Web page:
1. 560 overt U.S. military interventions, 1798 – 2001. [170 interventions occurred between 1798 & the end of WWII in 1945]; 390 overt US military interventions occurred since the end of WWII to 2008 with at least 20 million killed (Stockwell), maybe 50 million (see Keegan in Section III below)]
2. 13,000 covert operations, 1947 – 1990 (post-1990 number unknown)
[3,000 major and 10,000 minor covert operations, killing at least 6 million]
III. Cold War Deaths
The generally agreed statistics are that some 1,000 soldiers, and 5,000 civilians, die per day, every day, for a total of over two million deaths per year, for a total of 75 million deaths over the past 35 years. The conservative English military historian John Keegan stated that 50 million people have been killed by war since the peace began in 1945. Either way these are record numbers. They make World War One into a sideshow. They make the Black Death into a small joke. [Saul, John Rauston. (1997). The Unconscious Civilization. New York: Penguin, p. 11].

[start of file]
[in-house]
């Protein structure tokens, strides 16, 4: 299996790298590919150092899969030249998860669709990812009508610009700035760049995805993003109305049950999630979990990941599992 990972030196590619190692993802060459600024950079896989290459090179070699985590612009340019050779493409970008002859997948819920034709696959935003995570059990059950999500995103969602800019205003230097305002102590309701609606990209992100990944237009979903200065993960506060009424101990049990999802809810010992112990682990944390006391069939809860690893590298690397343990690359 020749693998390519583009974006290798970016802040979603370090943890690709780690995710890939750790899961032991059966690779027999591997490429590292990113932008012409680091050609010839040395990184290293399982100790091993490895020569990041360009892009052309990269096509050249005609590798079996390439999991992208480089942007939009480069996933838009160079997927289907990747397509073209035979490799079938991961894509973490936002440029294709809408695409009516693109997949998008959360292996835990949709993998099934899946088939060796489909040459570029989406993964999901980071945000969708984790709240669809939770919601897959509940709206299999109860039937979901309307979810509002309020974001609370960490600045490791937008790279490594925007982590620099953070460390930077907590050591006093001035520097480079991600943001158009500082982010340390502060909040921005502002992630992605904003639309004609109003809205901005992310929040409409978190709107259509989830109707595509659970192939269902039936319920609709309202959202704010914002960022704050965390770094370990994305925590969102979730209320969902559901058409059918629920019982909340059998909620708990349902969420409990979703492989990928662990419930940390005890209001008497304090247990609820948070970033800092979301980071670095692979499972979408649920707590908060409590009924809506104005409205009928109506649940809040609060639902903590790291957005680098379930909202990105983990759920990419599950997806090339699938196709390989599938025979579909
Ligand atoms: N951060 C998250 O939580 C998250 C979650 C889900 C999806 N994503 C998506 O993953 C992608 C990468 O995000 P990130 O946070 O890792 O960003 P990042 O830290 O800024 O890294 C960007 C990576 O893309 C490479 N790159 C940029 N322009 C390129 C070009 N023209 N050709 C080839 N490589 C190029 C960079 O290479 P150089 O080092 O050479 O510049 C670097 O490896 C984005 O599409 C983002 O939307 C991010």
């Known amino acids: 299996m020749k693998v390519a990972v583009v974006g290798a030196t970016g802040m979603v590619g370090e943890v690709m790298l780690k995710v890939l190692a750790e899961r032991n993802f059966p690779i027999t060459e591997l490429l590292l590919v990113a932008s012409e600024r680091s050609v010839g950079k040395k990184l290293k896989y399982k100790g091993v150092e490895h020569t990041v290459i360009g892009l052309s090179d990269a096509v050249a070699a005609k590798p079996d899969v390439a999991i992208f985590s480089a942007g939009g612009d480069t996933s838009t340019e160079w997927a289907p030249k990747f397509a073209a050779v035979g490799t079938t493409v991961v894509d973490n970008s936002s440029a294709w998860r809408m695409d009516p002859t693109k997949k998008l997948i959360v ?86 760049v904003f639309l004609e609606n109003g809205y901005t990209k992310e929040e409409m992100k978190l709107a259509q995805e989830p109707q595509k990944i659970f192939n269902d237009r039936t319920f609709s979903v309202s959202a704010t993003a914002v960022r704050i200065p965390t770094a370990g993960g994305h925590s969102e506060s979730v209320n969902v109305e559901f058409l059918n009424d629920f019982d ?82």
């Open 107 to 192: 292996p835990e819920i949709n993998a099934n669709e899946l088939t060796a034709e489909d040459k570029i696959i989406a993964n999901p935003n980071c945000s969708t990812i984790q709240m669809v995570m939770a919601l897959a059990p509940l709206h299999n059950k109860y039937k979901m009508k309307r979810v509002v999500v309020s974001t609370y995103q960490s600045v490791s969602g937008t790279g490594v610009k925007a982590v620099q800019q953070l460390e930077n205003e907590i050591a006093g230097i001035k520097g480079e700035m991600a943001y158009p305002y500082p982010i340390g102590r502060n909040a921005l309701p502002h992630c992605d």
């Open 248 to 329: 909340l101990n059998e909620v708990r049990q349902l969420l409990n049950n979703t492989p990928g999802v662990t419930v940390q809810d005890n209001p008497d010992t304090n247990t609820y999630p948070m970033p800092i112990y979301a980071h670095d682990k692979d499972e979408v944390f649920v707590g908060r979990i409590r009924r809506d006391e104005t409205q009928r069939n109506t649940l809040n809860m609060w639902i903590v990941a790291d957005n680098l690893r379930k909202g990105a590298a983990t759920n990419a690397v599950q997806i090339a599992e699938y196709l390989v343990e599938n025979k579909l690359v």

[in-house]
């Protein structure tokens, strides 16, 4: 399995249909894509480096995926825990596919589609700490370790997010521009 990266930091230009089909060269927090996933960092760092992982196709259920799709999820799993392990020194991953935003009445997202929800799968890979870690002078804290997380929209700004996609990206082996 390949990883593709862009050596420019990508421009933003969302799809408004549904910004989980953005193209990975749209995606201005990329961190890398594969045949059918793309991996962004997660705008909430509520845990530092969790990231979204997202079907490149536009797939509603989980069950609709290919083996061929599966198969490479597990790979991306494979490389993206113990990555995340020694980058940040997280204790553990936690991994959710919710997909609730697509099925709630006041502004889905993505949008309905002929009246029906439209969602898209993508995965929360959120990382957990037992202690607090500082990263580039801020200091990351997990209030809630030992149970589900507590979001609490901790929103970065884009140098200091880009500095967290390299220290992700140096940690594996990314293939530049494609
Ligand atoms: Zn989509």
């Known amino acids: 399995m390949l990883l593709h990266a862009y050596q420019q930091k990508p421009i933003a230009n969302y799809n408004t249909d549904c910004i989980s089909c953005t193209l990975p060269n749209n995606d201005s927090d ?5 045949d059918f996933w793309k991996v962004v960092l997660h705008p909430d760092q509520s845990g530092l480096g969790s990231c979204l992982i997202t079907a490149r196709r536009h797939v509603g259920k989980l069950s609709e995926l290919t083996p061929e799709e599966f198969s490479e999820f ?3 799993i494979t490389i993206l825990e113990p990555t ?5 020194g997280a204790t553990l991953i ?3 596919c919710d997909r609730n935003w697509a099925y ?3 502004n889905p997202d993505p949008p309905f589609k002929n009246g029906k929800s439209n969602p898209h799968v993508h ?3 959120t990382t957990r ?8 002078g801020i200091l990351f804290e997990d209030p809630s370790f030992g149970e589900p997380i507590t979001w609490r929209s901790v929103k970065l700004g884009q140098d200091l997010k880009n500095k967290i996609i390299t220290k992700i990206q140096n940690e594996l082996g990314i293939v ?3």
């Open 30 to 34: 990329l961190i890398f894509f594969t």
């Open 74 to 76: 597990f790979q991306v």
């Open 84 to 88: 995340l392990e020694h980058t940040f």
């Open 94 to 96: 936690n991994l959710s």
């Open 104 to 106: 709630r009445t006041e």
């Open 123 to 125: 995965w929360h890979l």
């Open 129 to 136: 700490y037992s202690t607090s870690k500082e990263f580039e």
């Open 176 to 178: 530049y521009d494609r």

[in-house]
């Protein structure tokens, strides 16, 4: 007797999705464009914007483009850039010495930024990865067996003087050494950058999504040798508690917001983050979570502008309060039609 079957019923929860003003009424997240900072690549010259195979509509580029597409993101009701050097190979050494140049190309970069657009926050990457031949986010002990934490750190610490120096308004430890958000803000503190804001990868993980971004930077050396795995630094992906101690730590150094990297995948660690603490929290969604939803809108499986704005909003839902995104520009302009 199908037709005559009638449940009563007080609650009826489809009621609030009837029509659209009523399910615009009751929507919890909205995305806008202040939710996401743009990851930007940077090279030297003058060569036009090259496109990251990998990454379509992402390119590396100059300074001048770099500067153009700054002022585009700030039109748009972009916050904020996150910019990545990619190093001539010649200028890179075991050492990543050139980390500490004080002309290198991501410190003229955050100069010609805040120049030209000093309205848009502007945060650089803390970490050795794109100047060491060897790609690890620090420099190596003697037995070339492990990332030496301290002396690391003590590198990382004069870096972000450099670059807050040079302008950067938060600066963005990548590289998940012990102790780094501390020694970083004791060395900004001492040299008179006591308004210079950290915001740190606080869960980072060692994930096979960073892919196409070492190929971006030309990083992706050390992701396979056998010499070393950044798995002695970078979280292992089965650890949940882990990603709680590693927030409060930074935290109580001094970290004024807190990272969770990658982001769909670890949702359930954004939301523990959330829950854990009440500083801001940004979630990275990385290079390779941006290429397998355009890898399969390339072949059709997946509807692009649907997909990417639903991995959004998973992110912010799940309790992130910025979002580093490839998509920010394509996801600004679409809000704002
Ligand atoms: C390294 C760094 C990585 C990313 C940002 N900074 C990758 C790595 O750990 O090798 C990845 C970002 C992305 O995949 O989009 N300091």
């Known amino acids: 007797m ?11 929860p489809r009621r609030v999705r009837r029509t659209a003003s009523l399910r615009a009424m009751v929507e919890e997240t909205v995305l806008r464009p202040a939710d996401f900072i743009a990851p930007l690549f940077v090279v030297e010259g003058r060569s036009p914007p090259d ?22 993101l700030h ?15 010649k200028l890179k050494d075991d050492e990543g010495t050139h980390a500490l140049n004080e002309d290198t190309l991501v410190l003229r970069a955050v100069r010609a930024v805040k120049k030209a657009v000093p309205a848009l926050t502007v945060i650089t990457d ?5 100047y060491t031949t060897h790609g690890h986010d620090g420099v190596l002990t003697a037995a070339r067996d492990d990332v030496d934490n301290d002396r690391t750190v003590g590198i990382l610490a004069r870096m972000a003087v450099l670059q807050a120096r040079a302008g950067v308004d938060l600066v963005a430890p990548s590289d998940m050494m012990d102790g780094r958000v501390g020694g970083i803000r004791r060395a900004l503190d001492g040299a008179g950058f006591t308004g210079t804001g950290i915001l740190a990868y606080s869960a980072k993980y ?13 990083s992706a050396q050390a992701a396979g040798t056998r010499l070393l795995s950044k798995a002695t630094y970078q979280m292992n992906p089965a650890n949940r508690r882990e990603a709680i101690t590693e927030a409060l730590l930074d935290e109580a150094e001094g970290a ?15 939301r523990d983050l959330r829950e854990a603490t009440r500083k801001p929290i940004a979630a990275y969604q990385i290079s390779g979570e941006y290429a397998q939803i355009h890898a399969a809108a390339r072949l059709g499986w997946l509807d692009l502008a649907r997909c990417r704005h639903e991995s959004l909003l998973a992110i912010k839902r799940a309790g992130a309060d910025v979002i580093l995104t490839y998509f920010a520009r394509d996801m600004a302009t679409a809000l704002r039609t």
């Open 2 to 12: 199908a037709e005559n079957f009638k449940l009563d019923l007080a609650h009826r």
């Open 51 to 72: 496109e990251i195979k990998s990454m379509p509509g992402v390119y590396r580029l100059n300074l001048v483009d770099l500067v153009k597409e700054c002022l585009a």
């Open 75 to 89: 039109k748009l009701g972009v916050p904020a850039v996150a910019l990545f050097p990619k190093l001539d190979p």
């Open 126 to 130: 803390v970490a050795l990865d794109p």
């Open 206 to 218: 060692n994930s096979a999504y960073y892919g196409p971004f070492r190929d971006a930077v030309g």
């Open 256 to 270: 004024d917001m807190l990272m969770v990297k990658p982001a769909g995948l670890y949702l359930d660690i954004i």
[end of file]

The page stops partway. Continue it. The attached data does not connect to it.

Brian’s note: actually the 14th century Black Death (Bubonic or Black Plague) that began in 1334 in China and reached Europe in 1347, Moscow by 1352, had by the end of the century reportedly killed an estimated 75 million people [James Trager. (1992). The People's Chronology. New York: Henry Holt and Co., pp. 126-1356; Wikipedia].
The 1918 influenza pandemic took a range of 20 million (Gina Kolata. (1999). Flu: The Story of the Great Influenza Pandemic of 1918 and the Search for the Virus that Caused It. NEW YORK: Farrar, Straus and Giroux, to 40 million lives (CDC, Vol. 9, No. 10, Oct. 2003, Research: “1918 Influenza Pandemic Caused by Highly Conserved Viruses with Two Receptor-Binding Variants”), with some sources suggesting as many as 50-100 million (Wikipedia). There were probably 20 million people killed during the Cold War [Stockwell: 1991 speech, Santa Cruz], or 50 million [Keegan].